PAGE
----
Tuesday, February 20, 2018

Copy Monitor - A Different Way?

Morning musing...

It's my observation that there is a prevailing mostly ambivalent attitude toward the Copy/Monitor (C/M) features. I've said before that I think the order of the tabs in the Options dialog are based on the likelihood that we'll use them. Specifically they are listed left to right: Levels, Grids, Columns, Walls and Floors.

C/M isn't hard to use but once it is in play we've got some new rules and warnings to contend with. The process depends on us identifying the elements we want to live in the C/M system. I understand the logic of that choice. Revit asks us to tell it what is important enough to us to engage the system.

Perhaps we need a completely different way to attack the problem? One that doesn't require the advance work. One that is more a reaction to work as it is created and shared, that merely exists.

I wonder if it would be more betterer if we could run a Level or Grid check as a process. The application would compare elements and compile a report, observations and differences. It could be something we read afterward or presented in a dialog for immediate action.

For example, it could just start with: "Hey Steve, there are 27 grids in your model and 30 in theirs. You should look at them." Take it slightly deeper, "Hey Steve, there are three grids that share the same name but are not in the same location."

Does it matter that they used to be in the same location and they aren't now? The application would have to start storing records for past results to do that but it could be useful to determine when or how things got off track. The rules or conditions that are interesting need to be defined.

This sort of element review and comparison doesn't have to be limited to the five that Copy/Monitor were designed for originally (overlooking the MEP elements that have been added in some fashion). It still requires two or more elements though; mine, yours and theirs. The redundancy is annoying but it does provide us with flexibility within our own models.

I imagine much of what I'm describing (and more) is possible via the API and Dynamo. It just needs someone to decide it is an interesting enough thing to do.


Andy Milburn said...

I'll add my vote to that Steve. Would be a very useful thing to put in the public domain (assuming it's not there already, how would I know?) I would add that, the way we work. the architect takes the lead on grids/levels and the other consultants just need to follow what we say (maybe occasionally submit a request for an extra grid) So engineers could just set this to run every time they receive a new model from us and fire off an email saying: "we note the following changes and will update our model accordingly, unless we here otherwise."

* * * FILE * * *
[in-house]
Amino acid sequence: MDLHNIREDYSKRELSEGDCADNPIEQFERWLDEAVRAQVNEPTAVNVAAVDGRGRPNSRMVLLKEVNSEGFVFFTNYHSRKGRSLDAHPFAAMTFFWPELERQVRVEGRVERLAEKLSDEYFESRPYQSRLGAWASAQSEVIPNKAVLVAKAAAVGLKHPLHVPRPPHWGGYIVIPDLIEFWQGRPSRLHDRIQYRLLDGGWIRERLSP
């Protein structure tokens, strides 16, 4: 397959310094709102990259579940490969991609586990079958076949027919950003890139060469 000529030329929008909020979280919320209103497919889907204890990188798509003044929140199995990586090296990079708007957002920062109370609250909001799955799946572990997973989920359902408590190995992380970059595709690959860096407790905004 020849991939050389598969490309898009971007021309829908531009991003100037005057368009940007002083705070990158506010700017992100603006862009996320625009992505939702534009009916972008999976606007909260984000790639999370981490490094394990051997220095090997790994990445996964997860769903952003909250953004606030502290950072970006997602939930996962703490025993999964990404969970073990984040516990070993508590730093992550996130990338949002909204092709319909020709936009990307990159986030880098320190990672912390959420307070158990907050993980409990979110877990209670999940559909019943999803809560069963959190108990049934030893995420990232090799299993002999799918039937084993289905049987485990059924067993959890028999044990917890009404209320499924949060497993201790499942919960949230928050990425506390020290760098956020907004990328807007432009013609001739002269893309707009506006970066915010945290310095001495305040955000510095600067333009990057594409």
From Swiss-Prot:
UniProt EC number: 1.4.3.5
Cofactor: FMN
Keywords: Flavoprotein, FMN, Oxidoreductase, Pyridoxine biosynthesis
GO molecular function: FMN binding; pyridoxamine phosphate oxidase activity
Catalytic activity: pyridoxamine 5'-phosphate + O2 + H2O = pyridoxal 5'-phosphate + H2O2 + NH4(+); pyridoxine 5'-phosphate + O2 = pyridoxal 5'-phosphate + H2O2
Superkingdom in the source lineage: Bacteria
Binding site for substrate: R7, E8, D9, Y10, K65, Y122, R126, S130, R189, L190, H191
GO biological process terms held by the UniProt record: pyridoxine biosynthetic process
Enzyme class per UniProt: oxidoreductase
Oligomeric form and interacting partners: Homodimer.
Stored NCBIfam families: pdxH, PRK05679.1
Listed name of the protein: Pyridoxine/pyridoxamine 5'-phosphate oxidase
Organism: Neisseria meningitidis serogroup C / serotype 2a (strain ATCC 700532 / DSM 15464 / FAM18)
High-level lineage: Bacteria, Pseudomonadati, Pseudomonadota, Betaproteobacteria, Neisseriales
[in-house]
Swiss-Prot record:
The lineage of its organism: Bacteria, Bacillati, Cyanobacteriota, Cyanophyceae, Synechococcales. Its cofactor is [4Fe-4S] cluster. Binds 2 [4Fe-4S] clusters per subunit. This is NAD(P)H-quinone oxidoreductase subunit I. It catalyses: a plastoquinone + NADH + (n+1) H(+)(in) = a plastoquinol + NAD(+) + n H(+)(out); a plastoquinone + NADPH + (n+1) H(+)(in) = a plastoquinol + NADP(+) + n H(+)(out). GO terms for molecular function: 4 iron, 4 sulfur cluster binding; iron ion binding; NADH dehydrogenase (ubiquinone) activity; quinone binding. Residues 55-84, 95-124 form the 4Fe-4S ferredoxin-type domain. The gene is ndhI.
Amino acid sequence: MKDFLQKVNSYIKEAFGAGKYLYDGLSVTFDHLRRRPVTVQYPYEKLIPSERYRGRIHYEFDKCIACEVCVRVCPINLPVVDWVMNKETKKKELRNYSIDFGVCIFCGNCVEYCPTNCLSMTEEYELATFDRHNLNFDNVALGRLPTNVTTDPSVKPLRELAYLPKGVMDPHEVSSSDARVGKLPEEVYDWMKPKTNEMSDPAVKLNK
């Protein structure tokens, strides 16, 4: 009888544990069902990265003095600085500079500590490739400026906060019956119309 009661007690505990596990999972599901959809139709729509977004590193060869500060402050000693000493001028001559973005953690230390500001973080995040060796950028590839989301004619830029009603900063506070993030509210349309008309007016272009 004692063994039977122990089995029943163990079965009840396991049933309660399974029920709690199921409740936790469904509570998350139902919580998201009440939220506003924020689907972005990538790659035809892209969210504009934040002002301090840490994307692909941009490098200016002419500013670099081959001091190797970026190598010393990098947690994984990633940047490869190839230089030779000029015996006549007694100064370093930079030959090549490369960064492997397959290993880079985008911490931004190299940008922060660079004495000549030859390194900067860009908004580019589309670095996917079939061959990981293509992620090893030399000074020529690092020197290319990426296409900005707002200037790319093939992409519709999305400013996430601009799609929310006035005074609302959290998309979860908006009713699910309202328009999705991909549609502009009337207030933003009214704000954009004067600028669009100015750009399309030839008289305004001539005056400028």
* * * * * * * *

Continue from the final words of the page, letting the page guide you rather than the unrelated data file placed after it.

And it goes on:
Of course we should have told them we made a change but hey, we're architects

David Knight said...

I'm curious... how do you handle walls that are controlled by structural with copy/monitor. A recent project we did, we placed a wall on the outside, and a separate wall on the inside. I'm not sure it was the best method.

So for the Flood wall, it was composed of 3 different walls. A brick, air cavity, and insulation wall. A "Structural" copy/monitor wall. And on the inside, a 1/2" air gap, metal stud, and layer of gyp. It was complicated and the wall types were as well.

Also when it comes to copy/monitor do you break them at some point? We has a rough go at it when our structural engineer decided to switch from individual columns at each floor to a single column that ran up 13 stories. Lots of problems occurred when that column was removed due to copy/monitor updates.

Copy/Monitor def could use some attention. :|

Steve said...

David - Separate walls is more realistic but it can be tricky as you've noted. You could also place a composite wall that includes the structural layer and use Monitor to manage their relationship, well warn you if one is moved away at least (now that we can choose the Location Line relationship).

To some degree we might as well accept some redundancy if we're going to be able to produce acceptable documents (drawings) and manage our own scope properly. Communication and cooperation between the disciplines can help make it a little easier to turn on/off each other's elements for that purpose. It isn't simple as you're well aware.

If there are some major changes it makes sense to use Stop Monitoring to avoid lots of warnings while you cope with the changes. You can also elect to Stop Monitoring things that have settled down (or so you think). Many things are clearly observable as wrong while working on the model so getting yelled at by Revit is just one more source of aggravation.

Good luck!